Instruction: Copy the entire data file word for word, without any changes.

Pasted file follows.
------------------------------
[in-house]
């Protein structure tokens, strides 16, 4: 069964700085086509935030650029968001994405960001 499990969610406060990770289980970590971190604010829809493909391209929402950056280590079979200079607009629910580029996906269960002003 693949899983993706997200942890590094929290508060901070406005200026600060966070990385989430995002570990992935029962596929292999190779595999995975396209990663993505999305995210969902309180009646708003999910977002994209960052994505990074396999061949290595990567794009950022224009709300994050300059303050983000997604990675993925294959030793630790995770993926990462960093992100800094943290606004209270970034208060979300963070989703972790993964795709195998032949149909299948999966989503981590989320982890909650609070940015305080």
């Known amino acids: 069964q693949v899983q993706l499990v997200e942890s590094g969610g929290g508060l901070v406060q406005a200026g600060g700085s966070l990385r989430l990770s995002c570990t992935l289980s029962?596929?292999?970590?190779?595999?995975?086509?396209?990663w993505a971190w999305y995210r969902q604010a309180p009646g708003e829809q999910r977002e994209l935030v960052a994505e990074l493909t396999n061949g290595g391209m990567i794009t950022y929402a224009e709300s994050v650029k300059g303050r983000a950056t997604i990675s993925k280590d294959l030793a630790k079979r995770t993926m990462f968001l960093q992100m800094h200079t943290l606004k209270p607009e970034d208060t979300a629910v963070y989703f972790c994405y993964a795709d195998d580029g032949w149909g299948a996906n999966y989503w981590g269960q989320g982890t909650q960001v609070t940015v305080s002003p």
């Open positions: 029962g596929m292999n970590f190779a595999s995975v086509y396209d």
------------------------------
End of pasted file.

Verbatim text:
[in-house]
């Protein structure tokens, strides 16, 4: 069964700085086509935030650029968001994405960001 499990969610406060990770289980970590971190604010829809493909391209929402950056280590079979200079607009629910580029996906269960002003 693949899983993706997200942890590094929290508060901070406005200026600060966070990385989430995002570990992935029962596929292999190779595999995975396209990663993505999305995210969902309180009646708003999910977002994209960052994505990074396999061949290595990567794009950022224009709300994050300059303050983000997604990675993925294959030793630790995770993926990462960093992100800094943290606004209270970034208060979300963070989703972790993964795709195998032949149909299948999966989503981590989320982890909650609070940015305080």
């Known amino acids: 069964q693949v899983q993706l499990v997200e942890s590094g969610g929290g508060l901070v406060q406005a200026g600060g700085s966070l990385r989430l990770s995002c570990t992935l289980s029962?596929?292999?970590?190779?595999?995975?086509?396209?990663w993505a971190w999305y995210r969902q604010a309180p009646g708003e829809q999910r977002e994209l935030v960052a994505e990074l493909t396999n061949g290595g391209m990567i794009t950022y929402a224009e709300s994050v650029k300059g303050r983000a950056t997604i990675s993925k280590d294959l030793a630790k079979r995770t993926m990462f968001l960093q992100m800094h200079t943290l606004k209270p607009e970034d208060t979300a629910v963070y989703f972790c994405y993964a795709d195998d580029g032949w149909g299948a996906n999966y989503w981590g269960q989320g982890t909650q960001v609070t940015v305080s002003p």
């Open positions: 029962g596929m292999n970590f190779a595999s995975v086509y396209d």